TV magic can’t mask NFL’s ugly reality: This season hangs by a thread

For the NFL, it was inevitable.

For the NFL, it was inevitable.
Photo: Getty

This NFL season is as sturdy as a house of cards. No amount of theater, from the low camera angles that cloak a lack of fans to the laugh track of fake cheering that pretends they are still there, can hide the truth.


The pandemic continues.

Three Titans players and five staffers had confirmed cases of the coronavirus, the NFL announced on Tuesday. Another player learned of his diagnosis Wednesday morning. This was after Titans linebackers coach Shane Bowen tested positive last Saturday. The players were not tested on Sunday, when they played at Minnesota.


Both teams have suspended in-person team activities, and are testing players and staff daily.

And now, the NFL has to decide if the goal is to play the games as they exist on the NFL schedule, or to reduce the risk to the men who will play them by keeping the Titans off the field on Sunday.

This isn’t season-ending. But the way the NFL manages this moment will be very telling.

Zach Binney, an epidemiologist at the Oxford College of Emory University in Atlanta, has been watching leagues try to manage bubbles and outbreaks. Major League Baseball, which, like the NFL, tests frequently but is not in a bubble, dealt with a few outbreaks early on but delayed games and mitigated the risk.


The baseball season continues, but there have been casualties. Red Sox pitcher Eduardo Rodriguez’s covid ended his season and left him with heart inflammation.

Testing players every day doesn’t magically shorten an incubation period that could easily be seven days. We saw this with the St. Louis Cardinals, when a few days without a positive test gave the league a false sense of security before more positives were detected.


But football is not baseball for a few reasons.

Getting COVID-19 means very different things. For some people, it is a silent passenger, and for others a terrible flu or worse it can require weeks in the hospital hooked up to a ventilator. Those who die often have pre-existing conditions, and one of those is a large body mass index.


Like an NFL lineman.

NFL teams, by virtue of the game’s design, require those big bodies to stop up the middle of the field in order to protect the quarterback. According to Binney, it is particularly difficult to ventilate a body like that. It’s one of the reasons that the NFL has an obligation to be more careful than other professional leagues.


“These guys aren’t invincible, and you’d be more concerned with someone who is bigger,” Binney said. “Even though they’re athletes, their bigger size makes it harder to deal with respiratory issues.”

The other is that football is a contact sport, and games can be long even if plays are short. And this, said Binney, is where the Vikings are actually serving as a test case.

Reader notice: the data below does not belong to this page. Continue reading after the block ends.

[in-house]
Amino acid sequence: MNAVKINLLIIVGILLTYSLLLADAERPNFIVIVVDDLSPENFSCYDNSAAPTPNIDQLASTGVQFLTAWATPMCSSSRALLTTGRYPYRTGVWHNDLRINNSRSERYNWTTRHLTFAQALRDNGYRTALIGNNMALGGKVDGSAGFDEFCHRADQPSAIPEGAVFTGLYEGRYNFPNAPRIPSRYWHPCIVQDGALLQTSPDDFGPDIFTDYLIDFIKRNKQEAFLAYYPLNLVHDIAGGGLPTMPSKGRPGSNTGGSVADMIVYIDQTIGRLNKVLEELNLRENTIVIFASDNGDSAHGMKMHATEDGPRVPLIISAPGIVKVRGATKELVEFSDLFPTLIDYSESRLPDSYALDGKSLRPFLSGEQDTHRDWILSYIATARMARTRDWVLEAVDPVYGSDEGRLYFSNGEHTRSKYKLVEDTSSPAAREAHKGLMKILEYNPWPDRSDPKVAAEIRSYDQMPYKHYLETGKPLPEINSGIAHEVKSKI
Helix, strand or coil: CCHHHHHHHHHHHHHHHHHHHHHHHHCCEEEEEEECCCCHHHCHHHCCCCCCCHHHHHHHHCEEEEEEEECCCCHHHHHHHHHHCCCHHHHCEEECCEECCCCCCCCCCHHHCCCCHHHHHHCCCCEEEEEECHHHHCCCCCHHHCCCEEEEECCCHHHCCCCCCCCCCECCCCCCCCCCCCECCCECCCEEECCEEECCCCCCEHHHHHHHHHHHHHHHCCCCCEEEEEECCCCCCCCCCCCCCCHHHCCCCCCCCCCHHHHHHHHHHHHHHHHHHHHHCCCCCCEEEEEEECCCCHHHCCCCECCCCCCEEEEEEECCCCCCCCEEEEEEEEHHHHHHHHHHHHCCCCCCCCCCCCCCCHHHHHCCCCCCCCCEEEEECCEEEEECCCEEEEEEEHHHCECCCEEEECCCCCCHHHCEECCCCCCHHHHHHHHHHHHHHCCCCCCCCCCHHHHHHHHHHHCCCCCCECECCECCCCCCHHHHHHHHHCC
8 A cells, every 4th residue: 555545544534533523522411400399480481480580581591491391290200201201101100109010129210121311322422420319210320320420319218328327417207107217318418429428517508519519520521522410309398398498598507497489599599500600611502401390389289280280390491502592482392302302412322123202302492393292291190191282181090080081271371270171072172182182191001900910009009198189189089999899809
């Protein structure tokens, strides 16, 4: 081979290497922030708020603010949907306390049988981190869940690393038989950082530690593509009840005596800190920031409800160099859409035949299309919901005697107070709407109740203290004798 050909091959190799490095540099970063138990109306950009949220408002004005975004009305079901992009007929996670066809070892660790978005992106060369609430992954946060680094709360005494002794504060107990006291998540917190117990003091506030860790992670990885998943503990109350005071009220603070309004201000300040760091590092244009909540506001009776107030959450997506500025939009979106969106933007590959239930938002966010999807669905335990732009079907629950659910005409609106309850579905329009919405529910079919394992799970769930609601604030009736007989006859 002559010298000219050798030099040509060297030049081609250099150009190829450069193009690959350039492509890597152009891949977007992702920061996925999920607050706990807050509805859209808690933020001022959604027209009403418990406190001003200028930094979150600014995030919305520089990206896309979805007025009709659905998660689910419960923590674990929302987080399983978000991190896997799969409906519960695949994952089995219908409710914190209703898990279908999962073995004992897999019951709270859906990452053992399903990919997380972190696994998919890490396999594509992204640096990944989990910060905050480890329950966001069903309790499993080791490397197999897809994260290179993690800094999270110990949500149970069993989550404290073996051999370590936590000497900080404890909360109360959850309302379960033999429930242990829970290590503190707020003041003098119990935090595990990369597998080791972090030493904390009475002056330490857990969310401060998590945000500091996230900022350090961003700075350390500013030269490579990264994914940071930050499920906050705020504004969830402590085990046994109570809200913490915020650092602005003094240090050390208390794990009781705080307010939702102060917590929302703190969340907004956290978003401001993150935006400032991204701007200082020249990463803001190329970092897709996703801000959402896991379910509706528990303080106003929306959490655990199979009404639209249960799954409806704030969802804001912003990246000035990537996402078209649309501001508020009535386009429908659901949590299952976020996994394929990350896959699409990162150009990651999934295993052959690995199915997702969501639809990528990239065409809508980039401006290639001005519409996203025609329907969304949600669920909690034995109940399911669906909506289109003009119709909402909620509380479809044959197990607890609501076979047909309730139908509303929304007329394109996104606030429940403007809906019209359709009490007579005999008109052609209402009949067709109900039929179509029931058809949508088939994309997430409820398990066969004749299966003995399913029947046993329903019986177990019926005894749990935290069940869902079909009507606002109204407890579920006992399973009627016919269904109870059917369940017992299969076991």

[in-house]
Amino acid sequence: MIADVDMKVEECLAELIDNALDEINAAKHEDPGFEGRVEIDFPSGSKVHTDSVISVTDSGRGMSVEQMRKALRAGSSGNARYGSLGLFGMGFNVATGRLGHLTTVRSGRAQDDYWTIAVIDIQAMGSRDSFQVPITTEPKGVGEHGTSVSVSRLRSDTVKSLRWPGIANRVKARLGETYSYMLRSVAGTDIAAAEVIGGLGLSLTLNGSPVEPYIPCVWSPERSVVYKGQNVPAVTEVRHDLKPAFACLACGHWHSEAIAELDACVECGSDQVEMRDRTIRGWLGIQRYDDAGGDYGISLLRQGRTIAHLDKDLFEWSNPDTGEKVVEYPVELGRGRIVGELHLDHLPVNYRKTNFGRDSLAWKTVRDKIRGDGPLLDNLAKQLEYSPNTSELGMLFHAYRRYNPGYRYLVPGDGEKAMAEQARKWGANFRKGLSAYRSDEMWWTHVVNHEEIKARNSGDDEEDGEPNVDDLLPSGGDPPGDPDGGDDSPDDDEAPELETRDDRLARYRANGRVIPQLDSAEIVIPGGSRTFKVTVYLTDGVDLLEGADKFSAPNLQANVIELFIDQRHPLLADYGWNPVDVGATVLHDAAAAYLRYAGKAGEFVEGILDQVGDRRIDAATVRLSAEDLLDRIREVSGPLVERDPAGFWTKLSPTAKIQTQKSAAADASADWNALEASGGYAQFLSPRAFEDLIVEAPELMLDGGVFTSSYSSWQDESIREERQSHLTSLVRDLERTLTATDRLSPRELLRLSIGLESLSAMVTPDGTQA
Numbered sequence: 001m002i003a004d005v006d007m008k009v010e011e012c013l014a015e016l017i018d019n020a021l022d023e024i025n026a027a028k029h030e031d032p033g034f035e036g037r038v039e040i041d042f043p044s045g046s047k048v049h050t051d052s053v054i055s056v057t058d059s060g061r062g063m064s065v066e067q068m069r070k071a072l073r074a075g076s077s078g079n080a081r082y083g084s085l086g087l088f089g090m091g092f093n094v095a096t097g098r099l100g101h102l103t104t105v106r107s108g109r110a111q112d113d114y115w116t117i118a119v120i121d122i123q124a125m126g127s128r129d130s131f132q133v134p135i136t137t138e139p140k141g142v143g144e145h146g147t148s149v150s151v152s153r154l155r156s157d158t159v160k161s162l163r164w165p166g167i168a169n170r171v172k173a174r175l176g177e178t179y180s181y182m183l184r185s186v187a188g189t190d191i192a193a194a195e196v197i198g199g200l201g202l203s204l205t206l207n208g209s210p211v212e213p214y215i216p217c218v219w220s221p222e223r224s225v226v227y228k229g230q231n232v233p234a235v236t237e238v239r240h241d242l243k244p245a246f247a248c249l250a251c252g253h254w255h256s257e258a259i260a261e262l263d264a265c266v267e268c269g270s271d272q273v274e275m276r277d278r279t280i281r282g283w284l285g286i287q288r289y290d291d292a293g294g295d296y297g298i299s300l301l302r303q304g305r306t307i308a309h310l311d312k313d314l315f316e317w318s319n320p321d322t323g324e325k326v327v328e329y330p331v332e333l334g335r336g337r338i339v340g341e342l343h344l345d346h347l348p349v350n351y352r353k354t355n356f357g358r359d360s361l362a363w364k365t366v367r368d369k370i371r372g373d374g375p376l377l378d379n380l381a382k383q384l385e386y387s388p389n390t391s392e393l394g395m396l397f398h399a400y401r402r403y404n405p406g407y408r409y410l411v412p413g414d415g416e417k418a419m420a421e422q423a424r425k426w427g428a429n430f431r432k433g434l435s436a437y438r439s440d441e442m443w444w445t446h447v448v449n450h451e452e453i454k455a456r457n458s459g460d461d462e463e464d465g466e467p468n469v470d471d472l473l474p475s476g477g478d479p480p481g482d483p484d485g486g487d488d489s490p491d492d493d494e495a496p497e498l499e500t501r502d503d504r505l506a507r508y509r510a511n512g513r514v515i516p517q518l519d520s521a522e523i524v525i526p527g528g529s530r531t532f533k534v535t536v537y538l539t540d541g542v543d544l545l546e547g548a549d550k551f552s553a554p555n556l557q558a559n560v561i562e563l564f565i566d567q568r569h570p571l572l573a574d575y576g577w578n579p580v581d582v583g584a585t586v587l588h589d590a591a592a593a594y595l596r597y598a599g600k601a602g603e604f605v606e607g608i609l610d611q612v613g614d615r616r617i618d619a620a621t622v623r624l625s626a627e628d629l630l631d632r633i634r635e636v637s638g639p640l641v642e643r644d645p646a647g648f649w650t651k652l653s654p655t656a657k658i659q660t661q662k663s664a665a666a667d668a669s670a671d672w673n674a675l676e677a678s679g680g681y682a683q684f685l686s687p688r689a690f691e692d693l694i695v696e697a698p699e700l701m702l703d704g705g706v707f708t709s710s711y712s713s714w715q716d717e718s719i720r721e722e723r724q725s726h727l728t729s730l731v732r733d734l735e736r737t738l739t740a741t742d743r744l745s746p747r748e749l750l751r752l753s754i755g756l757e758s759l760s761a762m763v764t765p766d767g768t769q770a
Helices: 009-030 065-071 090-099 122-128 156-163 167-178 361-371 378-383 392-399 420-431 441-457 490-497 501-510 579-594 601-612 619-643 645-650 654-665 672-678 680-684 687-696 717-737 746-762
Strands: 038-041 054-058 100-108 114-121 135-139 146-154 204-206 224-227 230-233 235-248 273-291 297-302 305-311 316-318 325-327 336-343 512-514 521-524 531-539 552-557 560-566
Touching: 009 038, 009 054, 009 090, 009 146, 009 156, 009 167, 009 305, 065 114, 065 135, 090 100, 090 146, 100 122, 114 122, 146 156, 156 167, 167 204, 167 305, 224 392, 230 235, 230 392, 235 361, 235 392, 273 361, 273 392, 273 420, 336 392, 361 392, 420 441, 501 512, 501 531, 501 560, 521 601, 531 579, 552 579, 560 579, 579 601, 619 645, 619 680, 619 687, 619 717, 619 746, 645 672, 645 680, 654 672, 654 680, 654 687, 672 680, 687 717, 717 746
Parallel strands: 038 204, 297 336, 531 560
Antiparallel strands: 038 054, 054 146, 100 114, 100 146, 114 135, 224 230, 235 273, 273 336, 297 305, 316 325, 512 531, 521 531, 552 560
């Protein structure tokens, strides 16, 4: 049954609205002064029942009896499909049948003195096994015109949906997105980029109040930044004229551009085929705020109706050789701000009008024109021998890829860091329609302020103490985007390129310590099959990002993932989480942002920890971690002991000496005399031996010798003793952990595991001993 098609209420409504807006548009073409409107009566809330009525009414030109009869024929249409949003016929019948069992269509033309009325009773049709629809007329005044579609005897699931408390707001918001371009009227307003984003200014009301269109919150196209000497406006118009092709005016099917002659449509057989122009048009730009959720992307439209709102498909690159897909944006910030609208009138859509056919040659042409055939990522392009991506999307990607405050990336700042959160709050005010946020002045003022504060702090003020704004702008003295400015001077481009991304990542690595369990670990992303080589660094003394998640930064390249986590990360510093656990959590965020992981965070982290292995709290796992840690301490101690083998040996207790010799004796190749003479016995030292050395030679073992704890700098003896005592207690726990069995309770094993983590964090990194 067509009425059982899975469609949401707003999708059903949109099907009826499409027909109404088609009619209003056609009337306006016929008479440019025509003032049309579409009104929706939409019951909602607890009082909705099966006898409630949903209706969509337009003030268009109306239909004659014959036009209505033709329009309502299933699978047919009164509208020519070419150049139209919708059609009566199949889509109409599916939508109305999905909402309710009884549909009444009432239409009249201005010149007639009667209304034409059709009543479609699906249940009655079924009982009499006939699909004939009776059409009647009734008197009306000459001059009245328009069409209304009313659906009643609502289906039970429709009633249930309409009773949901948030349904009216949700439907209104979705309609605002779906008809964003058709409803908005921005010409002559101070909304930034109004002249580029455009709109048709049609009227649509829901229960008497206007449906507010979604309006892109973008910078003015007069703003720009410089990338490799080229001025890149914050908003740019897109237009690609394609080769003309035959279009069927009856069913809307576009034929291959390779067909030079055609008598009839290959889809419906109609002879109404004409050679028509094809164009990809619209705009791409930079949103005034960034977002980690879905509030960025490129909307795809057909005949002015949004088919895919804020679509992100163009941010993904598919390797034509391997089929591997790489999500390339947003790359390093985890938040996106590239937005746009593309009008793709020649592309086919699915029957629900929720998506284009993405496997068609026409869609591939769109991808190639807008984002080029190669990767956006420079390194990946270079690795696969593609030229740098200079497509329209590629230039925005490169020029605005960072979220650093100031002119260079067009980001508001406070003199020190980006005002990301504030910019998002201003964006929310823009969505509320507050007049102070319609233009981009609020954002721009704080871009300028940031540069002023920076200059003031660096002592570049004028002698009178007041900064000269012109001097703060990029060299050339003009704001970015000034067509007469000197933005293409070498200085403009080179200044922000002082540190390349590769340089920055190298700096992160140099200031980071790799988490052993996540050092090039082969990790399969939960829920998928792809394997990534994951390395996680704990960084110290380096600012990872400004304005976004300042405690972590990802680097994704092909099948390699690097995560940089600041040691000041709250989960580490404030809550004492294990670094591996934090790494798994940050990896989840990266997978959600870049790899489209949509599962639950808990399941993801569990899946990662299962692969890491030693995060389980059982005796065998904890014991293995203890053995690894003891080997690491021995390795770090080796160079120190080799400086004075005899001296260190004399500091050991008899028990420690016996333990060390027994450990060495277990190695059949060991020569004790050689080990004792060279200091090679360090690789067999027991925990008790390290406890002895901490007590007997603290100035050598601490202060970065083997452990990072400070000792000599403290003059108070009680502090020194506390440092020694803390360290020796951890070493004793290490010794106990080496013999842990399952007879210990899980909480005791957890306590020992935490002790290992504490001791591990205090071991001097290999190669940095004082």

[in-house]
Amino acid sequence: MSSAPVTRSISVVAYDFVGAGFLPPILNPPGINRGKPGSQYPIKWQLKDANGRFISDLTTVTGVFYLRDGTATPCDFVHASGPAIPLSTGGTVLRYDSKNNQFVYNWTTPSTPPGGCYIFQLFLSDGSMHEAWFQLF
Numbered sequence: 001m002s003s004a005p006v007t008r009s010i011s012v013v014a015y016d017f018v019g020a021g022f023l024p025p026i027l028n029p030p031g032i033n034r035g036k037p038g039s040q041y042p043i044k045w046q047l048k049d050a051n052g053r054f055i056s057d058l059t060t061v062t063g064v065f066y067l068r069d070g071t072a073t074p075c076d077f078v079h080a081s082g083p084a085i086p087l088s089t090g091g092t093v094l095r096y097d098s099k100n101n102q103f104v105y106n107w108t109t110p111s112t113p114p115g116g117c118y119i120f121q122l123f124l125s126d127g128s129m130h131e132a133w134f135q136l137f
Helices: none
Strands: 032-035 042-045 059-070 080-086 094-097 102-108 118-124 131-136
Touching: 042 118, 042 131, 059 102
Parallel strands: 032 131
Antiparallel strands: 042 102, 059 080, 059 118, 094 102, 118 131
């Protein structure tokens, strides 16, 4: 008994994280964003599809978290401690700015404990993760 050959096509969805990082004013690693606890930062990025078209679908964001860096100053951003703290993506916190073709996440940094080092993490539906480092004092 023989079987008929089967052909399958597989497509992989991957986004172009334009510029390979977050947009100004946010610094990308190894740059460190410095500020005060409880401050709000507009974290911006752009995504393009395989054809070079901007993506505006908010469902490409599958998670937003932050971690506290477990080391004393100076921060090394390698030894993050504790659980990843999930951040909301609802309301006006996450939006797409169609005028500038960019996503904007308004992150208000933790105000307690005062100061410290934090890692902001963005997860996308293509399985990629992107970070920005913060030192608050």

“The NFL has run an inadvertent experiment on how easily the virus will be spread on the field,” Binney said.

The question is whether the Vikings, who played against the Titans last Sunday will return any positive cases. In this experiment, the last exposure for the Vikings would have been Sunday, so theoretically if there are no positive tests among players or staff, they could play again this weekend, according to Binney.


For the Titans, however, with nine positive cases since last Saturday and likely in-team transmission, playing Sunday is probably a day too soon according to Binney.

“There is a very real chance they could not test positive and be infectious on the field Sunday,” Binney said. “It would be risky.”


So this season is about managing those risks. And on Friday, the NFL could have more data that explains just how easy, or difficult, it is to transmit this virus during a game.

NFL players and personnel will get the virus. Eagles coach Doug Pederson and Rams coach Anthony Lynn already had and recovered from the virus. This question is not binary — play or don’t play. It’s how. It’s about the flexibility of maneuvering in a unique and more dangerous environment.


Most epidemiologists are predicting that a second wave of the virus will arrive in fall as the weather cools, and that is being borne out as nationally the daily case numbers rise. With 205,000 people already dead from this virus, it’s not just about the players on the field. Some predictive models estimate more than 300,000 Americans will die from this by the end of the year, as people move indoors to avoid the cold.

Fans shouldn’t be in the stands, particularly indoors, says Binney. And the NFL was absolutely right to fine coaches for shoddy mask wearing. The least the league can do if we’ve somehow decided this is a societal priority is to model good public health behavior. The absolute least, and frankly we aren’t asking enough.


Last week in Pittsburgh they buried Jamain Stephens, a 20-year-old college defensive tackle who died from a pulmonary embolism, a clotting issue which is one of the ways the coronavirus attacks the body. The New York Times wrote this story from the funeral.

They won’t all be fine. The NFL — and its fans — can’t afford to pretend.

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